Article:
Living in Community:


Not long ago, I found that I had been invited up to Montpelier to share the morning devotional moment with our state legislators. (Did you know that they start each day with a reflective moment? It’s called a “devotional,” though I’m not sure that language actually describes the breadth of what is presented over the course of a session.) When my husband Tristan let me know I would be doing the devotional in early February, I was in the midst of an online discussion with someone on the internet who was so very clearly wrong. Have you ever experienced such a thing? In my household, we often refer often to a cartoon meme that you may have seen … it depicts a couple, in which one calls to the other from outside the frame, “Aren’t you coming to bed?” and the stick-figure guy who’s visible in the frame yells back from his seat in front of his computer monitor, “I can’t. Someone is wrong on the internet.”

Yeah. That’s me, I’m afraid. I don’t believe in nastiness in debates, but I am a person of strong opinions. I try to always respect others and treat them with clarity and compassion, but I can’t deny that I want very much for them to change their mind. I find it difficult to step away from a social media interaction in which someone – often enough a friend of a friend, and therefore someone I’ll never meet – says something repugnant to me, especially if they do so in the name of something I hold dear. I have opinions on many of the subjects that legislators will be discussing this session ~ vaccinations and background checks and schools and workers’ rights and so many more and those strong opinions sometimes lead me into rather fraught conversations in which my intent to remain civilized is sorely challenged.

Our community faces some difficult moments at the upcoming Town Meeting, and our passionate (but probably varied) opinions about town decisions including but not limited to the fate of the Westminster West School are part of what can make it so difficult to live comfortably in community with people who hold other opinions. It seems appropriate that I share with you here the poem I shared with our legislators that day:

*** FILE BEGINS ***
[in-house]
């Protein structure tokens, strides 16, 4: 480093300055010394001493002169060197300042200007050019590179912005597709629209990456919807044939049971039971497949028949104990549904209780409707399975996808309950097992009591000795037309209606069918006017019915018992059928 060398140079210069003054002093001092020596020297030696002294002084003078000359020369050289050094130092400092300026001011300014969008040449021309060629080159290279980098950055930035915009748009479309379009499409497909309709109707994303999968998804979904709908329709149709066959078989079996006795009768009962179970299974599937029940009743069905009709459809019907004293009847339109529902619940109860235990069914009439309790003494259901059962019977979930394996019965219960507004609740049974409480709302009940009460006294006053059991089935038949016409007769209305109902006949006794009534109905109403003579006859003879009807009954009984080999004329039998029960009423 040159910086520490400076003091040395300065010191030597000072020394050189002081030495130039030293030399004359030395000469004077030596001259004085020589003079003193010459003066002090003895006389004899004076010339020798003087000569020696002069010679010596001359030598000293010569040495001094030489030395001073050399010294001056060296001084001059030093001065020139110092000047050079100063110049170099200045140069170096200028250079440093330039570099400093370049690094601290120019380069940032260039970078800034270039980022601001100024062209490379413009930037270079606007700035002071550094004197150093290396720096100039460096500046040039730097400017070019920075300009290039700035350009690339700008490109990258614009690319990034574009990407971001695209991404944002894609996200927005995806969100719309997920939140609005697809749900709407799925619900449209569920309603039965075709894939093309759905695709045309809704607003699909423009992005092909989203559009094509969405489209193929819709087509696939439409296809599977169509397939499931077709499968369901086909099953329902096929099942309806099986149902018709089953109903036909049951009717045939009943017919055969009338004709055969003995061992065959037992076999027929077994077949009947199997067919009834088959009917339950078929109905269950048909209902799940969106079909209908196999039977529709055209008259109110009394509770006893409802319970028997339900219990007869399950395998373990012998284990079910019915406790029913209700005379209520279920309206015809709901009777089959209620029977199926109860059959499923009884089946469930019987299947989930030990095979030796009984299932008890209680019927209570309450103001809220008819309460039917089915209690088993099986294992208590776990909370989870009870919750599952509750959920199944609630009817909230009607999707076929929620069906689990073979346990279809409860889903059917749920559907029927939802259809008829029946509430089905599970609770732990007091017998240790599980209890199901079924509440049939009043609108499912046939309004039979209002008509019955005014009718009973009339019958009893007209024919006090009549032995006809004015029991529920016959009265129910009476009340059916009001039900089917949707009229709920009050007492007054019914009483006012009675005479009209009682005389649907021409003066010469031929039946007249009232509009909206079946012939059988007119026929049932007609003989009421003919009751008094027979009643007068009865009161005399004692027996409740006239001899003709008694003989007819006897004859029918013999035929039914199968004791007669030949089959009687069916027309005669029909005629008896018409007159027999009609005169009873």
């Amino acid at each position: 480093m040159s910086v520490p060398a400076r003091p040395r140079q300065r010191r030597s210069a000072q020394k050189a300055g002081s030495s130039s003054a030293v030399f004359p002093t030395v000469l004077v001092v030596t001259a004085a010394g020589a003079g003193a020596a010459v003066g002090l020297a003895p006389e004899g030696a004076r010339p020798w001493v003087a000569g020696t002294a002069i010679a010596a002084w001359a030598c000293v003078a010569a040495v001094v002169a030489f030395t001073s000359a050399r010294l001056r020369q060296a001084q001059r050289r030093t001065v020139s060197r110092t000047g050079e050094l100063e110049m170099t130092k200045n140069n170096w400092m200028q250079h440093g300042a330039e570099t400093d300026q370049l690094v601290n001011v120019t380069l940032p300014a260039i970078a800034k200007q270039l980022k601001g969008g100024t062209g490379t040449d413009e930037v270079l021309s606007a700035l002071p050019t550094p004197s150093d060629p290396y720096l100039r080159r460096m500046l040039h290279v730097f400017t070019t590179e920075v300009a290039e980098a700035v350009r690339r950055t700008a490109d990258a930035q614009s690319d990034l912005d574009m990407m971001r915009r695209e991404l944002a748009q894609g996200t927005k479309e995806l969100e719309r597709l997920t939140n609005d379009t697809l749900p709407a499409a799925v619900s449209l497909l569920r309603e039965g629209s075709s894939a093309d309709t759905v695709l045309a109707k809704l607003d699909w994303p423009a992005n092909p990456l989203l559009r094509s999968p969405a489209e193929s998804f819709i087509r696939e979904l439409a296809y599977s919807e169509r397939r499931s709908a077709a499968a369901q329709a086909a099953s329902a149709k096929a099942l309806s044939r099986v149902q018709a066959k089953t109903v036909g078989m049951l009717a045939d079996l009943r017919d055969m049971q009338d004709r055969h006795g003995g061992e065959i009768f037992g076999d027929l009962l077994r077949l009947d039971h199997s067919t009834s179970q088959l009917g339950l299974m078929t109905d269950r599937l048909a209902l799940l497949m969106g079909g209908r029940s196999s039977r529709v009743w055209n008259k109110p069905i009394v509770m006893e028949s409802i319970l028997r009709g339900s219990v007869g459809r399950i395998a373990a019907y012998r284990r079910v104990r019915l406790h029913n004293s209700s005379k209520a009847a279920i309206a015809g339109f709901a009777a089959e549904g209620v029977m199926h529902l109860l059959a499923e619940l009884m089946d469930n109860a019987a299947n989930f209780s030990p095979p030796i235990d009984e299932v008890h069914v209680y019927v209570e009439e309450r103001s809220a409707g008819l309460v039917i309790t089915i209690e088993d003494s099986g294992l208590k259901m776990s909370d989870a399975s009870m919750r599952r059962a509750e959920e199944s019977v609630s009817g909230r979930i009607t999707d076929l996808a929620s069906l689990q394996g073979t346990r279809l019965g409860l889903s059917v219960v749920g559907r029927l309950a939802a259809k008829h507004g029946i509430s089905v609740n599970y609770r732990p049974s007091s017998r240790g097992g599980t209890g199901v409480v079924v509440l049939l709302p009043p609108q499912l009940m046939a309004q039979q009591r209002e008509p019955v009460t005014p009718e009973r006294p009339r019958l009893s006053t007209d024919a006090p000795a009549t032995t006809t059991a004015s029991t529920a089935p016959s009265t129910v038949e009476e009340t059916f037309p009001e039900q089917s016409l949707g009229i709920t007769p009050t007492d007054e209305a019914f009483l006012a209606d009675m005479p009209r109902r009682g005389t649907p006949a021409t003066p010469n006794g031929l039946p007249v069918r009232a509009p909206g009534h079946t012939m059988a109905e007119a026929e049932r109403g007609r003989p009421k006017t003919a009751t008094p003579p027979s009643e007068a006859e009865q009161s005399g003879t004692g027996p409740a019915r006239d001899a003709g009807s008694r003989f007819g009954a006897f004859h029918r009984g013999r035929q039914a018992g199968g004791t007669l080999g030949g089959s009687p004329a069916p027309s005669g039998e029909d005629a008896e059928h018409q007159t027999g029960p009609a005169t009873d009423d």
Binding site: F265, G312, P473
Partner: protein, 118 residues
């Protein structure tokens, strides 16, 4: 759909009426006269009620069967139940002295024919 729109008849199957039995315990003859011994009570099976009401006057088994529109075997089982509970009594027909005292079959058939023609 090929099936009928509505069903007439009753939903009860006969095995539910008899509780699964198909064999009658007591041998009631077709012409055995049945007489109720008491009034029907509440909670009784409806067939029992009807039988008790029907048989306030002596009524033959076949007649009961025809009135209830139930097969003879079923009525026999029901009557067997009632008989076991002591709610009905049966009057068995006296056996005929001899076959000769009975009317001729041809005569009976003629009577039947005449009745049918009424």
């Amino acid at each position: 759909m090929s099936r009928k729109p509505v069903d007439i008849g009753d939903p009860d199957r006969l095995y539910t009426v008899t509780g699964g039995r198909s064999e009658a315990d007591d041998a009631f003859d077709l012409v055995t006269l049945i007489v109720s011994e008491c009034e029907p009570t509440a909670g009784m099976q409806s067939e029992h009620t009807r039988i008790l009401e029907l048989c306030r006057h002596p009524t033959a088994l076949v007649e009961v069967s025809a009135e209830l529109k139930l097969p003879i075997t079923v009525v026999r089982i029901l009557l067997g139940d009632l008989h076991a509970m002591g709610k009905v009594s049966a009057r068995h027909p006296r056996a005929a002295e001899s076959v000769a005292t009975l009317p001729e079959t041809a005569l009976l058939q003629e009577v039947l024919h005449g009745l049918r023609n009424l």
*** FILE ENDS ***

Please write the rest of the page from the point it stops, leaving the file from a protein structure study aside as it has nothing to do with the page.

One Hundred and Eighty Degrees

      (by Federico Moramarco 

      Source: “Is Democratic Debate Any Longer Possible?” posted on

Have you considered the possibility

that everything you believe is wrong,

not merely off a bit, but totally wrong,

nothing like things as they really are?

If you’ve done this, you know how durably fragile

those phantoms we hold in our heads are,

those wisps of thought that people die and kill for,

betray lovers for, give up lifelong friendships for.

If you’ve not done this, you probably don’t understand this poem,

or think it’s not even a poem, but a bit of opaque nonsense,

occupying too much of your day’s time,

so you probably should stop reading it here, now.

But if you’ve arrived at this line,

maybe, just maybe, you’re open to that possibility,

the possibility of being absolutely completely wrong,

about everything that matters.

How different the world seems then:

everyone who was your enemy is your friend,

everything you hated, you now love,

and everything you love slips through your fingers like sand.

It’s a hard thing to do. I know this. I have tried and failed over and over again. But even when I fail, practicing what the poem preaches reminds me of the humanity of those whose opinions differ from mine. I hope the bravest among our community might give it a try at town meeting and beyond.

Community matters, and whether we agree or disagree, we have to be able to recognize the value and the humanity of those we encounter.

May we know peace even in the midst of difficult conversations.